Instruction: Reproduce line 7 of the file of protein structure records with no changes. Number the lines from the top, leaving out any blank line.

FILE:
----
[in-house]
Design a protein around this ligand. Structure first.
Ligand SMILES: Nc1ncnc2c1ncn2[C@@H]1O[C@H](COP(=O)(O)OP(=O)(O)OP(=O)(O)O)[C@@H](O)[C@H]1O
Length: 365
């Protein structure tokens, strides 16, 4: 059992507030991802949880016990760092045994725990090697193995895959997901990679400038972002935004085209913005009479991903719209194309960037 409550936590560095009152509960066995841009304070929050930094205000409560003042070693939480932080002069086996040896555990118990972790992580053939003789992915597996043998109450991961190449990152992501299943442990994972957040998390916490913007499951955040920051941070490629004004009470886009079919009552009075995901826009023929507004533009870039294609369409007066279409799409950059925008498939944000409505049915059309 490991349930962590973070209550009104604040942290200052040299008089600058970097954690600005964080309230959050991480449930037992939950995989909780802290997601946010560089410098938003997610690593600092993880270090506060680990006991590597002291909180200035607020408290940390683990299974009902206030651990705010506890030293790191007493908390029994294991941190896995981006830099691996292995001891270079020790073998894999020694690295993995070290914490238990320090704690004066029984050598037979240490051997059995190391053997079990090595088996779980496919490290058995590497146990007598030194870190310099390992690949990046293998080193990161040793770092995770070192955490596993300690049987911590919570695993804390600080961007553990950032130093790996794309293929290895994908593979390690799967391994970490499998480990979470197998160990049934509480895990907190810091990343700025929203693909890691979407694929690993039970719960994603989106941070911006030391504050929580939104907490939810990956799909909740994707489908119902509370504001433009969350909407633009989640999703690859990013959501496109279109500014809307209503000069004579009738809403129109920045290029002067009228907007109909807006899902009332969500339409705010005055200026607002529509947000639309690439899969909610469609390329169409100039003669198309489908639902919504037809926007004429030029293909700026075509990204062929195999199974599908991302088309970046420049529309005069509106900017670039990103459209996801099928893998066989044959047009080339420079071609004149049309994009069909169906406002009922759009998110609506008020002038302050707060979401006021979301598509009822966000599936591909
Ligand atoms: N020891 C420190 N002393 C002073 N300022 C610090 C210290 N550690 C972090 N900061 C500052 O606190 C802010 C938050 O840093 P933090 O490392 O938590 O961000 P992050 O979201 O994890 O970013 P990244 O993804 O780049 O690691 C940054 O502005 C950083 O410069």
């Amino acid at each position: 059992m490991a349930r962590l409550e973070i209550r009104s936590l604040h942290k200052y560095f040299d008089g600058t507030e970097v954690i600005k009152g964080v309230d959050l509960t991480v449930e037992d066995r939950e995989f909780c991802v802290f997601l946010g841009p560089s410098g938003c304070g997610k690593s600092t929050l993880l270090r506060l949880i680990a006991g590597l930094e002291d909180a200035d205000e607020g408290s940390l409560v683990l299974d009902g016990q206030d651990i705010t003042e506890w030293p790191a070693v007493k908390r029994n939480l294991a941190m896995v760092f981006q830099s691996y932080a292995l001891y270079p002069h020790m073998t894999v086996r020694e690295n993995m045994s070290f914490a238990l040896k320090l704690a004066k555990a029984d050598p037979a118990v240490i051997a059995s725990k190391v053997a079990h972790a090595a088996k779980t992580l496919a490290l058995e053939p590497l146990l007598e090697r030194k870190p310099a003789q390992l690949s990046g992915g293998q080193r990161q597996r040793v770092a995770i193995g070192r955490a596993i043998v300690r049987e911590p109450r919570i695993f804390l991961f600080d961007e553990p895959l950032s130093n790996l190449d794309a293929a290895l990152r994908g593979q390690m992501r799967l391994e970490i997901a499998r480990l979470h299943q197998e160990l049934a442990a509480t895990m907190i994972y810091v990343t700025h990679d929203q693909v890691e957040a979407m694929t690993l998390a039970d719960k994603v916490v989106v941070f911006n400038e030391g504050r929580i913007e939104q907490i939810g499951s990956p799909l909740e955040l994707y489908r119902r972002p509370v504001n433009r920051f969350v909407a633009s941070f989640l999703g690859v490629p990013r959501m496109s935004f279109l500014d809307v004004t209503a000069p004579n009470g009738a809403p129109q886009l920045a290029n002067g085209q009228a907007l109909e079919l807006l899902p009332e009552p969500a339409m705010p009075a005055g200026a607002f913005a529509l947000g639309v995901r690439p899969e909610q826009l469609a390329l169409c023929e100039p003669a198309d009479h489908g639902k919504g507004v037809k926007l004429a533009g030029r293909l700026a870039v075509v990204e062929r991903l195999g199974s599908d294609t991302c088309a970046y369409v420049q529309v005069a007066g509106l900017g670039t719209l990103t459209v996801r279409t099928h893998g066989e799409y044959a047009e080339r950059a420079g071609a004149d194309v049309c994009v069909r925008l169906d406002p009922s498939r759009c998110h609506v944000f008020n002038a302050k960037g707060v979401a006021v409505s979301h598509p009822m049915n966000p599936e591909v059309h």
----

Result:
């Amino acid at each position: 059992m490991a349930r962590l409550e973070i209550r009104s936590l604040h942290k200052y560095f040299d008089g600058t507030e970097v954690i600005k009152g964080v309230d959050l509960t991480v449930e037992d066995r939950e995989f909780c991802v802290f997601l946010g841009p560089s410098g938003c304070g997610k690593s600092t929050l993880l270090r506060l949880i680990a006991g590597l930094e002291d909180a200035d205000e607020g408290s940390l409560v683990l299974d009902g016990q206030d651990i705010t003042e506890w030293p790191a070693v007493k908390r029994n939480l294991a941190m896995v760092f981006q830099s691996y932080a292995l001891y270079p002069h020790m073998t894999v086996r020694e690295n993995m045994s070290f914490a238990l040896k320090l704690a004066k555990a029984d050598p037979a118990v240490i051997a059995s725990k190391v053997a079990h972790a090595a088996k779980t992580l496919a490290l058995e053939p590497l146990l007598e090697r030194k870190p310099a003789q390992l690949s990046g992915g293998q080193r990161q597996r040793v770092a995770i193995g070192r955490a596993i043998v300690r049987e911590p109450r919570i695993f804390l991961f600080d961007e553990p895959l950032s130093n790996l190449d794309a293929a290895l990152r994908g593979q390690m992501r799967l391994e970490i997901a499998r480990l979470h299943q197998e160990l049934a442990a509480t895990m907190i994972y810091v990343t700025h990679d929203q693909v890691e957040a979407m694929t690993l998390a039970d719960k994603v916490v989106v941070f911006n400038e030391g504050r929580i913007e939104q907490i939810g499951s990956p799909l909740e955040l994707y489908r119902r972002p509370v504001n433009r920051f969350v909407a633009s941070f989640l999703g690859v490629p990013r959501m496109s935004f279109l500014d809307v004004t209503a000069p004579n009470g009738a809403p129109q886009l920045a290029n002067g085209q009228a907007l109909e079919l807006l899902p009332e009552p969500a339409m705010p009075a005055g200026a607002f913005a529509l947000g639309v995901r690439p899969e909610q826009l469609a390329l169409c023929e100039p003669a198309d009479h489908g639902k919504g507004v037809k926007l004429a533009g030029r293909l700026a870039v075509v990204e062929r991903l195999g199974s599908d294609t991302c088309a970046y369409v420049q529309v005069a007066g509106l900017g670039t719209l990103t459209v996801r279409t099928h893998g066989e799409y044959a047009e080339r950059a420079g071609a004149d194309v049309c994009v069909r925008l169906d406002p009922s498939r759009c998110h609506v944000f008020n002038a302050k960037g707060v979401a006021v409505s979301h598509p009822m049915n966000p599936e591909v059309h």